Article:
“Eventually, I was advised by a consultant friend to offload my massive Sakhr computer inventory below cost price. I also had to reschedule my debts. Thankfully, my father would step in and shield me, guaranteeing my debt repayment to creditor banks.”

Mulhim still had to pay his debt somehow, so he pursued different new business ideas.

“In a word, this meant hustling around,” he said.

New business ventures begin

The first relative success Mulhim had next came from a low-yield tender contract with Jordan’s Ministry of Education to equip 30 schools with educational computer systems. The new business helped secure some income but it was still not enough to meet his mounting debt obligations.

During his frequent dealings with his creditor banks, Mulhim would also learn how they operated. This gave him ideas that would prove transformative later in his business career.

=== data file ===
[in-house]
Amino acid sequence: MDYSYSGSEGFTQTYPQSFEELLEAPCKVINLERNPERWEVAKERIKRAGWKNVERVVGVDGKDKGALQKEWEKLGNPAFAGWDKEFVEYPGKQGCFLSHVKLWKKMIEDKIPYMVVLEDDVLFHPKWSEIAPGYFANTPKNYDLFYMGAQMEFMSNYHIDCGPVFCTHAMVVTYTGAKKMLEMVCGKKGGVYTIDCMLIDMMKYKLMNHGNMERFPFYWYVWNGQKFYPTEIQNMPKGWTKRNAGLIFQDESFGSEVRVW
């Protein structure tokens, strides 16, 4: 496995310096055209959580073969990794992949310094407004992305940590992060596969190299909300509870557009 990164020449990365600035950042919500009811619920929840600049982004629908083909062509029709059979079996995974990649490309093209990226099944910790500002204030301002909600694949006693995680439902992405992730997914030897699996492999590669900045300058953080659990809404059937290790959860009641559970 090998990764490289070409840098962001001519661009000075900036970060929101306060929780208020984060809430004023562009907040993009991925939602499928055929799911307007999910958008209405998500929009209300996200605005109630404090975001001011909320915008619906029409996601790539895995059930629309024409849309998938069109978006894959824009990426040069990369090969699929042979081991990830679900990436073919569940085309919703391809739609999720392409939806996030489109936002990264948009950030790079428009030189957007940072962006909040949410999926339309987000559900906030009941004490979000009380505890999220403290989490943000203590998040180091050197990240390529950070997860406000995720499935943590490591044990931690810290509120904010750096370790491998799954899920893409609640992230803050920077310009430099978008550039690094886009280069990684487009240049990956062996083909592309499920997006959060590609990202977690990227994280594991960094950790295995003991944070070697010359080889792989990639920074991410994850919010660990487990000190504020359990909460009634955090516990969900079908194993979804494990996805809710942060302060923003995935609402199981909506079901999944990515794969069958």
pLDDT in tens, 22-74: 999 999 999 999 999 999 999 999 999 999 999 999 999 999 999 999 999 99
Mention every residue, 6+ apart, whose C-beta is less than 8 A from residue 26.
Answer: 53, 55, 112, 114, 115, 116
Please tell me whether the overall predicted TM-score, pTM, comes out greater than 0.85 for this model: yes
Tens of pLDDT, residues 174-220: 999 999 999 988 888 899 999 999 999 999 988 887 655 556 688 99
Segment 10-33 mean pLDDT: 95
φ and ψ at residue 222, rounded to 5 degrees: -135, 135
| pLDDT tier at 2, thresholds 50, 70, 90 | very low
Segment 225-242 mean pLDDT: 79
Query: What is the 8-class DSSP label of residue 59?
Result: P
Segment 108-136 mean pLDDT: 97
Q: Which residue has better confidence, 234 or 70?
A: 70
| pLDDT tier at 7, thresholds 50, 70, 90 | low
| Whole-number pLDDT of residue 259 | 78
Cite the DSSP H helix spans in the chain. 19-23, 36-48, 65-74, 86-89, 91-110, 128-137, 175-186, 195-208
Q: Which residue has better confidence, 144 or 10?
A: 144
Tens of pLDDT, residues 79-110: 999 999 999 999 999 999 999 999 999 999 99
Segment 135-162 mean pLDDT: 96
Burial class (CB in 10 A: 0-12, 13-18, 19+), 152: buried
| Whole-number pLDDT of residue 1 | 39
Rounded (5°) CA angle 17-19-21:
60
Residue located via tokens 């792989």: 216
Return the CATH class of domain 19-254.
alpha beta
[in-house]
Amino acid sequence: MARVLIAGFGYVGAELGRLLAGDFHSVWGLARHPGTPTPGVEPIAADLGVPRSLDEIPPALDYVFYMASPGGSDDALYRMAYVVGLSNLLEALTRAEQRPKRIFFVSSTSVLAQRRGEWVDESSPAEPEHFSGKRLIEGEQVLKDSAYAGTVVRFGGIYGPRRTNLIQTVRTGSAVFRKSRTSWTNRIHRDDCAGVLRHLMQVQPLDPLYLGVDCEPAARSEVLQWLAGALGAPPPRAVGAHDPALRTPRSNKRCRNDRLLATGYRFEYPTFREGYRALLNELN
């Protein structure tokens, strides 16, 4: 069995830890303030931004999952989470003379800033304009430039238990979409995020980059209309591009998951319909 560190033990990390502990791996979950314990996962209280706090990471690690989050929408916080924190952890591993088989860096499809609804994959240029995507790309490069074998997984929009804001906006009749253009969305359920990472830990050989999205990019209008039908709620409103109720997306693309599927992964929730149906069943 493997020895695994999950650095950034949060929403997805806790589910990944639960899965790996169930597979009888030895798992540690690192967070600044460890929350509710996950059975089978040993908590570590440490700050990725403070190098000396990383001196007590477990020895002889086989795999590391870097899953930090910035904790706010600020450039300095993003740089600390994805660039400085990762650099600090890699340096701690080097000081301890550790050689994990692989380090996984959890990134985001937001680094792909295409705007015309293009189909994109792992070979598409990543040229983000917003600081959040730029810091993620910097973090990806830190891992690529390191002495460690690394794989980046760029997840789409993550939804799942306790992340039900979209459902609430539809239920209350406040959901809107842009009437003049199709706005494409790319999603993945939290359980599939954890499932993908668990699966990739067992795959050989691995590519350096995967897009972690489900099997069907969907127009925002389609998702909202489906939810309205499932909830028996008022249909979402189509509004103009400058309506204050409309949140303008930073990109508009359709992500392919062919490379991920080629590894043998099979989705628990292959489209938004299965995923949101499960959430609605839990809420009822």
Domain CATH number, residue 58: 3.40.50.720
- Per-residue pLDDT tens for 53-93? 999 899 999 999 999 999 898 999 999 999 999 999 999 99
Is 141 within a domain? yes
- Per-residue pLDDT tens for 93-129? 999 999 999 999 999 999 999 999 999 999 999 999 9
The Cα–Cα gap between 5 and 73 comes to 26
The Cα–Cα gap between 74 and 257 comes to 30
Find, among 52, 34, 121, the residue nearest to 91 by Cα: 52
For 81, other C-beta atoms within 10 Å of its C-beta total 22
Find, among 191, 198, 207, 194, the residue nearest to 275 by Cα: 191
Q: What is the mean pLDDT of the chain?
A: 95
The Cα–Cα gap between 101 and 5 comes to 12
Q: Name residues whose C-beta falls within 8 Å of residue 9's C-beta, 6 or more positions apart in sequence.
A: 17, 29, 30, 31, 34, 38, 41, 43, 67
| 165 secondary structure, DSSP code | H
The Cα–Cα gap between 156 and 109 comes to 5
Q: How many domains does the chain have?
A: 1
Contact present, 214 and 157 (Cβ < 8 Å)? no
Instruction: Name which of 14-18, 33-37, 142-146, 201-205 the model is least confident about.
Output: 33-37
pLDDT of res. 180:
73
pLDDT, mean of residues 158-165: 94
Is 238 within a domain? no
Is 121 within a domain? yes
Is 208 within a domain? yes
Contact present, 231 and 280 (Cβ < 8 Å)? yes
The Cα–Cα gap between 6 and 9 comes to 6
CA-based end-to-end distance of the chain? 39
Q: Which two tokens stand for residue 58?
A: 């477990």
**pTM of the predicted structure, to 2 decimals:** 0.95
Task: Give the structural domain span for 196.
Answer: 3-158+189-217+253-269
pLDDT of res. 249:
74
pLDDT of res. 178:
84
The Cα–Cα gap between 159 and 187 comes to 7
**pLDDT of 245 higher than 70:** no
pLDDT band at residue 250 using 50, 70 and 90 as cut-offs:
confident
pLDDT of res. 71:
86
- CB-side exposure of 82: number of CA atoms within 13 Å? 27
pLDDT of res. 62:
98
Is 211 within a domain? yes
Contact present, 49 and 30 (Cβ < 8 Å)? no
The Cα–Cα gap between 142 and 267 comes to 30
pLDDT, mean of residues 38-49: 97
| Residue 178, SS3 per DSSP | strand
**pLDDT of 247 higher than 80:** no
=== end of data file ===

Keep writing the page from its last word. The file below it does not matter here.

Earlier in his professional life, Mulhim had seen how software and technology were the true locomotives of progress.

“I started to think about how I would apply software and technology to banking processes,” he said.

“It became clear to me that Jordan’s expanding banking industry needed different networking solutions. What came to my mind was satellite connectivity.”

A satellite link was a daring idea then, but he still worked on it for months, successfully persuading leading satellite operators to come to Jordan. He also sold the idea to Jordanian banks, which initially would agree to come in as investors and buyers of the technology.